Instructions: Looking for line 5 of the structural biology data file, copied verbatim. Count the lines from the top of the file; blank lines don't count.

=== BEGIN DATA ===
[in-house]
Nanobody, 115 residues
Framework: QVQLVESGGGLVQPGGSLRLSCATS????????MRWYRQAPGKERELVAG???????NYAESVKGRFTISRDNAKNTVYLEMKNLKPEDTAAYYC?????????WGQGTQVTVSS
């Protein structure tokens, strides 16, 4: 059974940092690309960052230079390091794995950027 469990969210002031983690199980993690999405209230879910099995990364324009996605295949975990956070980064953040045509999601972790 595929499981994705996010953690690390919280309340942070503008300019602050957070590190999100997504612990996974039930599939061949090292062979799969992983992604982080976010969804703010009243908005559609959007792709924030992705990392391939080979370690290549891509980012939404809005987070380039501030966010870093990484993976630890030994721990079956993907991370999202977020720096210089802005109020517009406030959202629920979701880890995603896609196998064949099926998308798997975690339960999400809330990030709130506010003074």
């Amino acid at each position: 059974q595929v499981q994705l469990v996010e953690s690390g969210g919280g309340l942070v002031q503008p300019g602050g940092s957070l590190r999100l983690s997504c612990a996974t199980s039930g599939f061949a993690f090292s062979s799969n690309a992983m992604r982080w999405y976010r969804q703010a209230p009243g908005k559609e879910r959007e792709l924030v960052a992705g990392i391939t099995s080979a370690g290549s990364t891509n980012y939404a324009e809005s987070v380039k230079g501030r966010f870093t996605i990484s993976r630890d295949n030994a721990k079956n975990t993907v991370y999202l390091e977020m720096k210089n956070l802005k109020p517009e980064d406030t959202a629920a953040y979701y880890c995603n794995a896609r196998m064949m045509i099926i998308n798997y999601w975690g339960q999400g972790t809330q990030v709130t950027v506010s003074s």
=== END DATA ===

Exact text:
């Amino acid at each position: 059974q595929v499981q994705l469990v996010e953690s690390g969210g919280g309340l942070v002031q503008p300019g602050g940092s957070l590190r999100l983690s997504c612990a996974t199980s039930g599939f061949a993690f090292s062979s799969n690309a992983m992604r982080w999405y976010r969804q703010a209230p009243g908005k559609e879910r959007e792709l924030v960052a992705g990392i391939t099995s080979a370690g290549s990364t891509n980012y939404a324009e809005s987070v380039k230079g501030r966010f870093t996605i990484s993976r630890d295949n030994a721990k079956n975990t993907v991370y999202l390091e977020m720096k210089n956070l802005k109020p517009e980064d406030t959202a629920a953040y979701y880890c995603n794995a896609r196998m064949m045509i099926i998308n798997y999601w975690g339960q999400g972790t809330q990030v709130t950027v506010s003074s």